In the Loop 
December 2014
Table of Contents
31st International Symposium on Child Abuse
Forensic Interviewing of Children Training
Child Welfare Outcomes 2009-2012 Report to Congress
Victim Advocacy Training
Household Poverty and Nonfatal Violent Victimization 2008-2012
Attorney General's Advisory Committee on American Indian/Alaska Native Children Exposed to Violence: Ending Violence so Children Can Thrive
What's New in CALiO
Register for a 2015 NCAC Training Today!

Forensic Interviewing of Children Training

Advanced Forensic Interviewing Training

Extended Forensic Interview Training

Victim Advocacy Training

On-Location Trainings
Available Upon Request

Poster Contest

The U.S. Department of Justice, through its Office of Juvenile Justice and Delinquency Prevention (OJJDP) coordinates a national poster contest for fifth grade students to increase awareness about national efforts to bring missing children home, and to remember children who are still missing. The theme for the poster contest is "Bring Our Missing Children Home." 

Find Out More

Did you know NCAC's Online Trainings have over 10,000 registered users from all 
over the world?

Don't miss out on all the great online Trainings NCAC has to offer 

Register today!

STM Learning products are considered to be the most trusted scientific, technical, and medical resources available to aid in efforts to identify, report, treat, and prevent child maltreatment and domestic violence.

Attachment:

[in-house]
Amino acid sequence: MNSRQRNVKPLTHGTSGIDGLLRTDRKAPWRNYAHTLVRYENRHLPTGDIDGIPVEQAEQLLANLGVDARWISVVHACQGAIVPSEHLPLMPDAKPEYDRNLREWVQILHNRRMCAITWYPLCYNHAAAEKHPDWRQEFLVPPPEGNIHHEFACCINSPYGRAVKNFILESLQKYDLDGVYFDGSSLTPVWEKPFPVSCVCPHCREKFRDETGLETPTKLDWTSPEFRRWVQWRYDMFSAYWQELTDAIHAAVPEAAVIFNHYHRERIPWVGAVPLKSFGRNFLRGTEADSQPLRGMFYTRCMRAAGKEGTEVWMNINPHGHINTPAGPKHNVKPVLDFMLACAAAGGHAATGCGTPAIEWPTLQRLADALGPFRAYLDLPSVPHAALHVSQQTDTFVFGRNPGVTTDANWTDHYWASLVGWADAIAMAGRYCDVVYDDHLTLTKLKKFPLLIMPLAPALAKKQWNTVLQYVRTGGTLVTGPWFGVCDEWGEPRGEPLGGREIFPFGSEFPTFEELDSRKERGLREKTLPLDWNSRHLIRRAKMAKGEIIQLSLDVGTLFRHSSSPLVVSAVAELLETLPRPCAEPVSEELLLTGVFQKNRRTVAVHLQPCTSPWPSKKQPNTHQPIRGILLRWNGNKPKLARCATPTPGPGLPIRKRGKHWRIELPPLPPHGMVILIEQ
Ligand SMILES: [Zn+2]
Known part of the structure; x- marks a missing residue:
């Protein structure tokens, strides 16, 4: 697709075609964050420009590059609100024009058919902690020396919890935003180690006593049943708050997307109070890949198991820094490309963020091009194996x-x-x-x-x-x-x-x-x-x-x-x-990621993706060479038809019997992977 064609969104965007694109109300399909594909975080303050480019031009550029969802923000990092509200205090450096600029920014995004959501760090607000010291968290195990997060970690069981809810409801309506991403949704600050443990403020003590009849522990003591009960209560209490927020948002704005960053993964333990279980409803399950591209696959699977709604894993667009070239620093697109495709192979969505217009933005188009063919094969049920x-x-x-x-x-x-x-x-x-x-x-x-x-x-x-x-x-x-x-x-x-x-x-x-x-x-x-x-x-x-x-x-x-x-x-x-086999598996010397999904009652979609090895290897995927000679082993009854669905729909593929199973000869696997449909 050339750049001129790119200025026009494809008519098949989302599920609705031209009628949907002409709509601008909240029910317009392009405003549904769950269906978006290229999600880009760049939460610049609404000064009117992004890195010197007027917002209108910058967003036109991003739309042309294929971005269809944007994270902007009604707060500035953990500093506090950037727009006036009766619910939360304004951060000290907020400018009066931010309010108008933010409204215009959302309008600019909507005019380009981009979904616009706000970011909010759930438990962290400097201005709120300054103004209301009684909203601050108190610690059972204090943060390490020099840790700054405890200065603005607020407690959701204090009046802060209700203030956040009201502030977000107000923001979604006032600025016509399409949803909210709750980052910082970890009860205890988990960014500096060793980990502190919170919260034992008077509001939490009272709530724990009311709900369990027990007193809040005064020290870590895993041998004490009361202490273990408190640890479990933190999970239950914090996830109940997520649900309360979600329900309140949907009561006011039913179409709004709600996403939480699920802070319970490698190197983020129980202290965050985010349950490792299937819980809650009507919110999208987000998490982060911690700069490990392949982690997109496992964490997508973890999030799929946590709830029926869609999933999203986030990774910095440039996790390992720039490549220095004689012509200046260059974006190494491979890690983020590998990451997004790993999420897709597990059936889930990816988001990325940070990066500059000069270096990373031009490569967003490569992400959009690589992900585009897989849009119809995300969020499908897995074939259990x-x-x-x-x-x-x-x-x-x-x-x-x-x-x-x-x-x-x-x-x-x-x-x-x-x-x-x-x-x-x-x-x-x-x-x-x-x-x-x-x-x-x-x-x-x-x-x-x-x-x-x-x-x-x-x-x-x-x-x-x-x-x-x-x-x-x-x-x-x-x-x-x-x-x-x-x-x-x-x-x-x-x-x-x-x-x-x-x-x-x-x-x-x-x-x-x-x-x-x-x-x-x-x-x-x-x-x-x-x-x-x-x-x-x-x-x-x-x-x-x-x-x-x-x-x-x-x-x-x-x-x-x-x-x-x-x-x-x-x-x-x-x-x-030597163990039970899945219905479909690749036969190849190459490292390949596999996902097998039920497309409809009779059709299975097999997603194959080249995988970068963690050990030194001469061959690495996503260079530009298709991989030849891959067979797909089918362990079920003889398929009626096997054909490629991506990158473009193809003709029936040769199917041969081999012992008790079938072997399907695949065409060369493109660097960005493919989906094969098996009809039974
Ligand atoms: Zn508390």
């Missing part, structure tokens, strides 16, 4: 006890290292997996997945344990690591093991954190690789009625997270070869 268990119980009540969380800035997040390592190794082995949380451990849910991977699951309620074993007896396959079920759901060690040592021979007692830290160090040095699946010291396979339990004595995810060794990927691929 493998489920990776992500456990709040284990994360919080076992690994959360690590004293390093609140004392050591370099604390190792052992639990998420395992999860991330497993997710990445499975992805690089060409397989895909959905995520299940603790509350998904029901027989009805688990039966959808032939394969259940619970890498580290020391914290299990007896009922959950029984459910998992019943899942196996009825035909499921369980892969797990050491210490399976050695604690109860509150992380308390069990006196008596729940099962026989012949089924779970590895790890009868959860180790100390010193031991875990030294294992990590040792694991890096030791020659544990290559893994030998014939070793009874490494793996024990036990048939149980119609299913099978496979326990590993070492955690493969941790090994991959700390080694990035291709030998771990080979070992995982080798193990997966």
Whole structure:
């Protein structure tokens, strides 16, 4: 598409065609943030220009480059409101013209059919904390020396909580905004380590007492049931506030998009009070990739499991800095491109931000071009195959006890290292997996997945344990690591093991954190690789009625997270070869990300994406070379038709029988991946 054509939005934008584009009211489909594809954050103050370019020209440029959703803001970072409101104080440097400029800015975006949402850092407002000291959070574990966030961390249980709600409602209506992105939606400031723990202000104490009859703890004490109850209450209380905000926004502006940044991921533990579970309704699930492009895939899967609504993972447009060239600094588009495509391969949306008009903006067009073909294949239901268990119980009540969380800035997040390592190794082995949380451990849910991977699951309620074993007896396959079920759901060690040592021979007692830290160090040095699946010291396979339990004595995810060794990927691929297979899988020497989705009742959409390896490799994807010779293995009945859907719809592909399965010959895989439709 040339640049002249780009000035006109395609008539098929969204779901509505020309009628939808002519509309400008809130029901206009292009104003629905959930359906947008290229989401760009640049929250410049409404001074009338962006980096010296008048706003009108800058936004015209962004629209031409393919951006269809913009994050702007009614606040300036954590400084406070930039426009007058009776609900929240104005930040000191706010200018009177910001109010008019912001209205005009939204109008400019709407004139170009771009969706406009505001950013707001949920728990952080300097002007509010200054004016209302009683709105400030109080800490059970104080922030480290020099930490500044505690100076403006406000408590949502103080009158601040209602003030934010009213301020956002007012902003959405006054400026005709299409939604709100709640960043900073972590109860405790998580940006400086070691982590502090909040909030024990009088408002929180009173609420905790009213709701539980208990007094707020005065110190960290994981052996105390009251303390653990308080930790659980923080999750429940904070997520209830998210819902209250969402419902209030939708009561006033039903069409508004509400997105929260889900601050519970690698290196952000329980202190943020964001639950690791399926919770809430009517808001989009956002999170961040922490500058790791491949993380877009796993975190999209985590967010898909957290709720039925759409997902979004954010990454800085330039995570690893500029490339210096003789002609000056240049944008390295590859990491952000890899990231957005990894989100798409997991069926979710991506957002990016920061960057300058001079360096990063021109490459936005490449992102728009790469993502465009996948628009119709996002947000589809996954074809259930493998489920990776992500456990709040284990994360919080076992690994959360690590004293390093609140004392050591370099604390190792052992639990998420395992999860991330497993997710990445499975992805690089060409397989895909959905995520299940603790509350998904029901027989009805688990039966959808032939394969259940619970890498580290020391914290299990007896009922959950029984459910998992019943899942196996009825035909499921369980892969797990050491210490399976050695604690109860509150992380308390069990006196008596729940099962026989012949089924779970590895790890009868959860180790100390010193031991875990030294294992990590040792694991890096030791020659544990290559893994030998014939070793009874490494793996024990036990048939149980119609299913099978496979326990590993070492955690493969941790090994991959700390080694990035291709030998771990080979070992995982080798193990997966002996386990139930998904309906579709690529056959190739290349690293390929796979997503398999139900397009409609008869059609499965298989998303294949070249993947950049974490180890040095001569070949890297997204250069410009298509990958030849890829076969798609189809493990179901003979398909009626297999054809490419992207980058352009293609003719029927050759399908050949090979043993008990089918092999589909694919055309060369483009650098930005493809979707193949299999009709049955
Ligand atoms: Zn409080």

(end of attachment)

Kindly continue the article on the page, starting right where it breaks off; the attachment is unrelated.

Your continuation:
Visit the
to view evidence-based, child protection resources.

Accepting Nominations

Each year, the U.S. Department of Justice, through OJJDP, recognizes individuals, organizations, and agencies that have made a difference in recovering abducted children and protecting children from exploitation. Each May, the Department recognizes awardees at the annual National Missing Children's Day ceremony in 
Washington, DC.

The deadline for nominations is 
January 19, 2015.

Do You Know?

According to the 2014 study, Youth 
sport administrators' perceptions and knowledge of organizational policies on child maltreatment,
what percentage of participants agreed that their organization has policies in place that address how to deal with issues related to child abuse?

A.  32%
B.  47%
C.  54%


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Make plans to join us for the
Huntsville, AL
March 23-26, 2015